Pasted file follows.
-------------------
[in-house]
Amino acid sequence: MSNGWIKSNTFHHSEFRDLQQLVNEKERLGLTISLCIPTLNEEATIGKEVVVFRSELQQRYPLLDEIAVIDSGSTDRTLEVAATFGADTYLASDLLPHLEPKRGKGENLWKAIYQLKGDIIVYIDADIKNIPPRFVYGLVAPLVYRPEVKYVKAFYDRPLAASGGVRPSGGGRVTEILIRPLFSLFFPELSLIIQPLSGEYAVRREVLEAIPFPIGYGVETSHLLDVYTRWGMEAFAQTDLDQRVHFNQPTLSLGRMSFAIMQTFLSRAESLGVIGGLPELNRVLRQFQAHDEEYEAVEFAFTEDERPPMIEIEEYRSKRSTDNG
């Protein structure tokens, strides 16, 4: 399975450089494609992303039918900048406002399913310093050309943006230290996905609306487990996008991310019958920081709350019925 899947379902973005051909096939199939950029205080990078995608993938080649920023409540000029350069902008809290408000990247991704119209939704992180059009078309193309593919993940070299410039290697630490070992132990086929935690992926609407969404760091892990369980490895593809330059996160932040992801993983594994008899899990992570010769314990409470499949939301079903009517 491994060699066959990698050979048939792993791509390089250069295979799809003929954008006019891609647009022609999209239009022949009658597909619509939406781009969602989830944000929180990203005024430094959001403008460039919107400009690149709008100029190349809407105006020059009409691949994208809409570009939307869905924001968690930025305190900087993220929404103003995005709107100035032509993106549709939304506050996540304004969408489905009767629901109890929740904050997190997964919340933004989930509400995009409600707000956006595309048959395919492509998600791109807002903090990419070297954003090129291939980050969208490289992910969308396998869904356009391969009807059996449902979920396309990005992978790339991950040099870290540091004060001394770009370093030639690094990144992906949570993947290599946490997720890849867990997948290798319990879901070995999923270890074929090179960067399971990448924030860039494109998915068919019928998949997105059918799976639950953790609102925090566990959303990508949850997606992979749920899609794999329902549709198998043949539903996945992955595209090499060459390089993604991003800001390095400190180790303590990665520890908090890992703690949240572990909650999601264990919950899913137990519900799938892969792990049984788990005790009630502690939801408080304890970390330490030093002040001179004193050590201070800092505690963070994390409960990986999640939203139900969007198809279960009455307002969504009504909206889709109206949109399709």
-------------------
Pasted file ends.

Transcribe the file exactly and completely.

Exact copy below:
[in-house]
Amino acid sequence: MSNGWIKSNTFHHSEFRDLQQLVNEKERLGLTISLCIPTLNEEATIGKEVVVFRSELQQRYPLLDEIAVIDSGSTDRTLEVAATFGADTYLASDLLPHLEPKRGKGENLWKAIYQLKGDIIVYIDADIKNIPPRFVYGLVAPLVYRPEVKYVKAFYDRPLAASGGVRPSGGGRVTEILIRPLFSLFFPELSLIIQPLSGEYAVRREVLEAIPFPIGYGVETSHLLDVYTRWGMEAFAQTDLDQRVHFNQPTLSLGRMSFAIMQTFLSRAESLGVIGGLPELNRVLRQFQAHDEEYEAVEFAFTEDERPPMIEIEEYRSKRSTDNG
């Protein structure tokens, strides 16, 4: 399975450089494609992303039918900048406002399913310093050309943006230290996905609306487990996008991310019958920081709350019925 899947379902973005051909096939199939950029205080990078995608993938080649920023409540000029350069902008809290408000990247991704119209939704992180059009078309193309593919993940070299410039290697630490070992132990086929935690992926609407969404760091892990369980490895593809330059996160932040992801993983594994008899899990992570010769314990409470499949939301079903009517 491994060699066959990698050979048939792993791509390089250069295979799809003929954008006019891609647009022609999209239009022949009658597909619509939406781009969602989830944000929180990203005024430094959001403008460039919107400009690149709008100029190349809407105006020059009409691949994208809409570009939307869905924001968690930025305190900087993220929404103003995005709107100035032509993106549709939304506050996540304004969408489905009767629901109890929740904050997190997964919340933004989930509400995009409600707000956006595309048959395919492509998600791109807002903090990419070297954003090129291939980050969208490289992910969308396998869904356009391969009807059996449902979920396309990005992978790339991950040099870290540091004060001394770009370093030639690094990144992906949570993947290599946490997720890849867990997948290798319990879901070995999923270890074929090179960067399971990448924030860039494109998915068919019928998949997105059918799976639950953790609102925090566990959303990508949850997606992979749920899609794999329902549709198998043949539903996945992955595209090499060459390089993604991003800001390095400190180790303590990665520890908090890992703690949240572990909650999601264990919950899913137990519900799938892969792990049984788990005790009630502690939801408080304890970390330490030093002040001179004193050590201070800092505690963070994390409960990986999640939203139900969007198809279960009455307002969504009504909206889709109206949109399709």